A group of 11 attorneys general is calling on the Senate to confirm Adeel Mangi, nominee for the Third Circuit, who would be the first federal Muslim appellate judge if confirmed, condemning allegations that he is antisemitic or anti-law enforcement.

Expert Analysis

  • Series

    Writing Thriller Novels Makes Me A Better Lawyer

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    Authoring several thriller novels has enriched my work by providing a fresh perspective on my privacy practice, expanding my knowledge, and keeping me alert to the next wave of issues in an increasingly complex space — a reminder to all lawyers that extracurricular activities can help sharpen professional instincts, says Reece Hirsch at Morgan Lewis.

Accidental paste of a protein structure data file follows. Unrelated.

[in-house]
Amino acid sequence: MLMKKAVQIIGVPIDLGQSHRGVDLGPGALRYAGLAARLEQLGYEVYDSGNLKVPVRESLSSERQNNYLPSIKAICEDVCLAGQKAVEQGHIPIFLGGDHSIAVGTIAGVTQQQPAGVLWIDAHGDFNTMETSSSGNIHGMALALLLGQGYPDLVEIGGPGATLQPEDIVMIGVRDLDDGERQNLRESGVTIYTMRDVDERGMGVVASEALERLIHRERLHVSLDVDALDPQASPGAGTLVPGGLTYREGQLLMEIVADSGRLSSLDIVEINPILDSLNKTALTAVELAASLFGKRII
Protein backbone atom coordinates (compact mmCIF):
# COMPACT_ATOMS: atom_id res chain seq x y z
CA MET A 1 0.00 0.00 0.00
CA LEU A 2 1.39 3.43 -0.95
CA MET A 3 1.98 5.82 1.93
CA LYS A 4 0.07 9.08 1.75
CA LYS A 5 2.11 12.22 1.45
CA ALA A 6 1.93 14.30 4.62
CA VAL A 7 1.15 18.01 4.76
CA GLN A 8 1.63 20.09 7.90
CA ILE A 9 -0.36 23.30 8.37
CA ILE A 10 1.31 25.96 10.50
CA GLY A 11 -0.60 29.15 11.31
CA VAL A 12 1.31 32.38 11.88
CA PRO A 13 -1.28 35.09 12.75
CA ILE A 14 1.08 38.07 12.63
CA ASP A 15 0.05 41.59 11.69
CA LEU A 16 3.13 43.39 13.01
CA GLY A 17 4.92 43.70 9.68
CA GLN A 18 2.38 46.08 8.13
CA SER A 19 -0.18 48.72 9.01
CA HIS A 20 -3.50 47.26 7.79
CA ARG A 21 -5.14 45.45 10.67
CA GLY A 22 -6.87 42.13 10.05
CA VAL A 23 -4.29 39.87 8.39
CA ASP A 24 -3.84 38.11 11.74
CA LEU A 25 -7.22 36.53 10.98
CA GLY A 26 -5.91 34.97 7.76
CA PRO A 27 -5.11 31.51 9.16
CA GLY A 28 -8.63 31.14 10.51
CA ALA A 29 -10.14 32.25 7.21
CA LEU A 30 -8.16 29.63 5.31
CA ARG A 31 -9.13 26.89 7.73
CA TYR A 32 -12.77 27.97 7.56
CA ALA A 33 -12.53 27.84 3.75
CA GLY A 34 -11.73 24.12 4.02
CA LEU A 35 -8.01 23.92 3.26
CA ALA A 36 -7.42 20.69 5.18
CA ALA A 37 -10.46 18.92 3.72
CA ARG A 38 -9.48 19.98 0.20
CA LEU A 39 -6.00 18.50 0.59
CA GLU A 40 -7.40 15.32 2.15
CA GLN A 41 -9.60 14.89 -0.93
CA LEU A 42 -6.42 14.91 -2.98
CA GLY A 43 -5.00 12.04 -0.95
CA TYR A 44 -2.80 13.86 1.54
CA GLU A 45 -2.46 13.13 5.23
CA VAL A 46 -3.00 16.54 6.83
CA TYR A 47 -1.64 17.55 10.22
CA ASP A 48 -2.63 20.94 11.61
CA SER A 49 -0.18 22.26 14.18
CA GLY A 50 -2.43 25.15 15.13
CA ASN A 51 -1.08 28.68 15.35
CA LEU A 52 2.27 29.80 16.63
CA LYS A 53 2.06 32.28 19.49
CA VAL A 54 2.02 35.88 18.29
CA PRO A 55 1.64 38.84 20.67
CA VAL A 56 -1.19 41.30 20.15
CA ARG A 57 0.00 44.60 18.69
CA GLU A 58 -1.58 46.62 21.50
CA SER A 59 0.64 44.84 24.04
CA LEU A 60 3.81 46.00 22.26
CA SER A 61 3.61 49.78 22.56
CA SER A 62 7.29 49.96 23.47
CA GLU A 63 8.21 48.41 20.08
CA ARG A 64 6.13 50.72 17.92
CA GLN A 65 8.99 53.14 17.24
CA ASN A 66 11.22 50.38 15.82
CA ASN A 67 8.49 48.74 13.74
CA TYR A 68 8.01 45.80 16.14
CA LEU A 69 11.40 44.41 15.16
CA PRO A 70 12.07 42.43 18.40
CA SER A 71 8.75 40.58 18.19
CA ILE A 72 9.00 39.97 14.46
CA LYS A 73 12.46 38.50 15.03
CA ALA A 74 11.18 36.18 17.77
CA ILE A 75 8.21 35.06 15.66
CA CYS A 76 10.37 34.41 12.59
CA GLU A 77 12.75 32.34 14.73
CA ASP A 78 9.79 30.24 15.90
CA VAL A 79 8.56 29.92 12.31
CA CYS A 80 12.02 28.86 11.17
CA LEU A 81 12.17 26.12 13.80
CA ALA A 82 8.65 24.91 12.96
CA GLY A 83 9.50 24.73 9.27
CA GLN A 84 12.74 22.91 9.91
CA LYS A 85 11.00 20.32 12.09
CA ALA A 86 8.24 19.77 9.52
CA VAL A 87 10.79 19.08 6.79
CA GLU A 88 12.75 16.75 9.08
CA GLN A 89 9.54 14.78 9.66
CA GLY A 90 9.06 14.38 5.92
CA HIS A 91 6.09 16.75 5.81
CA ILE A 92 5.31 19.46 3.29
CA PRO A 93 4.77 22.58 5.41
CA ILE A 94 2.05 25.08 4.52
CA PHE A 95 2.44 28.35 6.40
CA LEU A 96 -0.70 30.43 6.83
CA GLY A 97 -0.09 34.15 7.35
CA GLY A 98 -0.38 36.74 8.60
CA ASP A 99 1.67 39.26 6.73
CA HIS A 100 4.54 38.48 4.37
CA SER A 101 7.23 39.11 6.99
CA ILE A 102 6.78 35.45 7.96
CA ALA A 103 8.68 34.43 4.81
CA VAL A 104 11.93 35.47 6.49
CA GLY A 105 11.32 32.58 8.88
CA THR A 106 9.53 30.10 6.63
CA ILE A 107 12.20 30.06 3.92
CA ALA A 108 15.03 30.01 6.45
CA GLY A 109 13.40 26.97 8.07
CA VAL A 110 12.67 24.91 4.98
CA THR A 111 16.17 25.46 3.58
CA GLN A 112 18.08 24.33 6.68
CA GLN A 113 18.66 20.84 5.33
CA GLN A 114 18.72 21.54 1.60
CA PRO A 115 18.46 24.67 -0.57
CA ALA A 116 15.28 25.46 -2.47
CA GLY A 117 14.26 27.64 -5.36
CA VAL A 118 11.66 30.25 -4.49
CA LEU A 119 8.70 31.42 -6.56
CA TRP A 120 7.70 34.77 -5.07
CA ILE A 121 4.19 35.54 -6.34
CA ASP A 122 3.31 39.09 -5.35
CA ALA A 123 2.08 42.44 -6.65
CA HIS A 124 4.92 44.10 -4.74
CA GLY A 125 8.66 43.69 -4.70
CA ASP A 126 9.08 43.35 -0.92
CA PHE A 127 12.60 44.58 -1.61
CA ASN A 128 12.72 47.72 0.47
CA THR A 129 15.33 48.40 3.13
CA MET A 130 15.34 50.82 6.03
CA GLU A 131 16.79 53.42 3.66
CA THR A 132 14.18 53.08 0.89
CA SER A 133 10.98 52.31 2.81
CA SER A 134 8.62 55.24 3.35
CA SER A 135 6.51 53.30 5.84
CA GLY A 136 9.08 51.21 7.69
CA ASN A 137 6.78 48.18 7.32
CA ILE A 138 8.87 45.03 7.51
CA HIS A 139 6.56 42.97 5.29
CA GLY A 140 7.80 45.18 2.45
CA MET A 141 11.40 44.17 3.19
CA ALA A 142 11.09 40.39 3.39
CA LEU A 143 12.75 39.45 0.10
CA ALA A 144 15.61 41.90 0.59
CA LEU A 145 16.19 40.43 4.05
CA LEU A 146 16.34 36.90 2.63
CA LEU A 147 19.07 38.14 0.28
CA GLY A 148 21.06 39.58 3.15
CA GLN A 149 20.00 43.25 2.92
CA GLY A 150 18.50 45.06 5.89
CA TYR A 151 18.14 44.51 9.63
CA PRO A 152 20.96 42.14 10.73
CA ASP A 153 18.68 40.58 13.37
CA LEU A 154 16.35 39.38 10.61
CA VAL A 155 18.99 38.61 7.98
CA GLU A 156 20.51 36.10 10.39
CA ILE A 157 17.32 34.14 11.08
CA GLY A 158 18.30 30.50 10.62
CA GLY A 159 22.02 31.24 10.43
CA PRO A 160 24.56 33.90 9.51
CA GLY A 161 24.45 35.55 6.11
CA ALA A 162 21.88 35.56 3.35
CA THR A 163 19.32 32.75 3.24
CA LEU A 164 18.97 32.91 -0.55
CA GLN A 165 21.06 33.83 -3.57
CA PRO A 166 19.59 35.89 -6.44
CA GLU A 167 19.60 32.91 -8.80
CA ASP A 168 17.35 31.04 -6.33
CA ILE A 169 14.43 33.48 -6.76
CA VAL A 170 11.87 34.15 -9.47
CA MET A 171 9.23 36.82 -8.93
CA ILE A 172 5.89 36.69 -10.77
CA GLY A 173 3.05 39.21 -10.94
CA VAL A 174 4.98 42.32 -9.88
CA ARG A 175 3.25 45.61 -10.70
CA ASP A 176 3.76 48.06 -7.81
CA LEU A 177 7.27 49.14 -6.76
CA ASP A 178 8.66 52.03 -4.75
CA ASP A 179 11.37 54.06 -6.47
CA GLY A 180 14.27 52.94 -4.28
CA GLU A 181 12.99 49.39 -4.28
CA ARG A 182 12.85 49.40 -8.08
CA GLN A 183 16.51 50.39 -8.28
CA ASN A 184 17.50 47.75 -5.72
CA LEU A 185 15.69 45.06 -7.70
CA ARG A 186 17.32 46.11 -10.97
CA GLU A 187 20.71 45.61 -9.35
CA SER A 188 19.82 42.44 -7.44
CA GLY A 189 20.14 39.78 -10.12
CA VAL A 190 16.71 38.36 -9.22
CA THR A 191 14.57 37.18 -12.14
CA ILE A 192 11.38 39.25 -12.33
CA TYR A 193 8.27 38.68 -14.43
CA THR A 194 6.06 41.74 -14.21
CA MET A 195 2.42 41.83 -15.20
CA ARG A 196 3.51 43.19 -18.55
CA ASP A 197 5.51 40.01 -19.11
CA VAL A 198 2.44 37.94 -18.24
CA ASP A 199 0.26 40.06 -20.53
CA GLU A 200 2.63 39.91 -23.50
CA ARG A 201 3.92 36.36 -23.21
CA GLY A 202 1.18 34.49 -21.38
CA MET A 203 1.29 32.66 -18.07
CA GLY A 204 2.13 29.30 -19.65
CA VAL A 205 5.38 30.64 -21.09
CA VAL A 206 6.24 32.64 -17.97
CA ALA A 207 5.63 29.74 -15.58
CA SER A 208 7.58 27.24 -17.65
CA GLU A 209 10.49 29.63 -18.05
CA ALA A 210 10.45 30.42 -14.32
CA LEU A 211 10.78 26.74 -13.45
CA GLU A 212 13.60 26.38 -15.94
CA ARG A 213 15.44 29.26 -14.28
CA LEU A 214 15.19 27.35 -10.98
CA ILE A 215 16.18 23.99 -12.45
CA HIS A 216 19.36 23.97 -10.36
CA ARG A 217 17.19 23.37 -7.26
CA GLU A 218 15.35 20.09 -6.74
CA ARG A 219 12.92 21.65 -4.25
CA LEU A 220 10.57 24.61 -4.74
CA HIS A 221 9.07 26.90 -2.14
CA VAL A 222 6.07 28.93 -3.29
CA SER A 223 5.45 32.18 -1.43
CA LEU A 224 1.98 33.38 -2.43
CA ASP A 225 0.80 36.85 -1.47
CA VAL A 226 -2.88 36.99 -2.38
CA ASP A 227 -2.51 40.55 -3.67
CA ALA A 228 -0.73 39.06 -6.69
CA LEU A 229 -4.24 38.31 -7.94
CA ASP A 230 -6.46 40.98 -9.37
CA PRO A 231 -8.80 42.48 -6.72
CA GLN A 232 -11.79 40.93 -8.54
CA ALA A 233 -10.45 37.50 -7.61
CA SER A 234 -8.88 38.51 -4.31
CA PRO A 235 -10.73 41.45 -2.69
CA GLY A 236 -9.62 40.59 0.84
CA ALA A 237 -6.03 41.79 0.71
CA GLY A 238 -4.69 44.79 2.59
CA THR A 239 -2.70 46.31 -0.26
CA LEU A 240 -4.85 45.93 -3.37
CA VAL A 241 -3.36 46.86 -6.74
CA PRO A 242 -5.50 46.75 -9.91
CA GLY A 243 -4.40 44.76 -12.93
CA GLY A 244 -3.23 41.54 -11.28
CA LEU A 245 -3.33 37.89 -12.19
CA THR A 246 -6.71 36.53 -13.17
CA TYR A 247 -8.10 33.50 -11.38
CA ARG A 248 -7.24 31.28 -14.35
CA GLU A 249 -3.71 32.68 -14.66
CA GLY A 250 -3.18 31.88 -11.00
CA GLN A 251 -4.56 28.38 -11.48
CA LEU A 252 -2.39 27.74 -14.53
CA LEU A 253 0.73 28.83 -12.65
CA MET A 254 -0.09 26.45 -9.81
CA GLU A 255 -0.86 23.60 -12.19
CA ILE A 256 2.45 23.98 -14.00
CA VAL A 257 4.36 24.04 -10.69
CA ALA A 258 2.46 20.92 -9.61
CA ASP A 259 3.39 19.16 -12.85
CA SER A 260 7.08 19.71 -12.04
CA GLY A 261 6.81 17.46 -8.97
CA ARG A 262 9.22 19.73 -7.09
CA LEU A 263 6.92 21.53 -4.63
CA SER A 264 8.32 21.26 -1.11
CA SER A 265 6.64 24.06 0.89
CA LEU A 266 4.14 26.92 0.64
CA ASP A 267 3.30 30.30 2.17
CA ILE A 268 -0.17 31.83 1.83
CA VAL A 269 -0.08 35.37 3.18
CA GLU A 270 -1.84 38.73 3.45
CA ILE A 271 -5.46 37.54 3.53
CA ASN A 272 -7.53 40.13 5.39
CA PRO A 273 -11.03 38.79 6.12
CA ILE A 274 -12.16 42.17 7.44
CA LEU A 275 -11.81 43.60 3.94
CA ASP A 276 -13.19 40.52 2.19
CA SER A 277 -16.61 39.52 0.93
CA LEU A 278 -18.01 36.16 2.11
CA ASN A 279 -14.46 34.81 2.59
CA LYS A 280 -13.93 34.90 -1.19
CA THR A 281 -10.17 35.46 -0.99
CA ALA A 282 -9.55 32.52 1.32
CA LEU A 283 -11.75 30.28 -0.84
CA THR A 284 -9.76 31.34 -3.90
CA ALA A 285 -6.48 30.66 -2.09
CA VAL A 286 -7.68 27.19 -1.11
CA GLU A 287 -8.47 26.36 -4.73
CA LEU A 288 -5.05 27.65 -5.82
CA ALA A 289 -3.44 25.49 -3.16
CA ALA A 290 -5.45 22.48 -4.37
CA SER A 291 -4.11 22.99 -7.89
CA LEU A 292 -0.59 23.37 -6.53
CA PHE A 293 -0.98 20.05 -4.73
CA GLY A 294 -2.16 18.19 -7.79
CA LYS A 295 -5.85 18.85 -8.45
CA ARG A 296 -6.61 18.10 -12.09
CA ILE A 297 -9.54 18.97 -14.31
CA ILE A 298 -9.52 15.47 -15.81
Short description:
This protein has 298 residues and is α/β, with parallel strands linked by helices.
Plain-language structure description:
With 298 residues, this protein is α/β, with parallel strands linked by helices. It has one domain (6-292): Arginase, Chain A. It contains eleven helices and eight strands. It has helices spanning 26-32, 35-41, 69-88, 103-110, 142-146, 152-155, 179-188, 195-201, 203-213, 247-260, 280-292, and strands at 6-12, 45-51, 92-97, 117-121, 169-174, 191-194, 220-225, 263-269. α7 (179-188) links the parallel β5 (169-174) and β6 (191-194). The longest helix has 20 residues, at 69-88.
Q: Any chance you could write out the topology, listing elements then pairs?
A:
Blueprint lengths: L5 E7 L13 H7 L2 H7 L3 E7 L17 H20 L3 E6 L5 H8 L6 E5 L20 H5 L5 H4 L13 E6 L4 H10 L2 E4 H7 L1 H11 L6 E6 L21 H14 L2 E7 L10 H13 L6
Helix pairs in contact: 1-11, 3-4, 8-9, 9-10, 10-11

• What Lawyers Must Know About Calif. State Bar's AI Guidance

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    Initial recommendations from the State Bar of California regarding use of generative artificial intelligence by lawyers have the potential to become a useful set of guidelines in the industry, covering confidentiality, supervision and training, communications, discrimination and more, say attorneys at Debevoise.

  • Industry Must Elevate Native American Women Attys' Stories

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    The American Bar Association's recent research study into Native American women attorneys' experiences in the legal industry reveals the glacial pace of progress, and should inform efforts to amplify Native voices in the field, says Mary Smith, president of the ABA.

  • 3 AI Regulation Developments Insurers Must Follow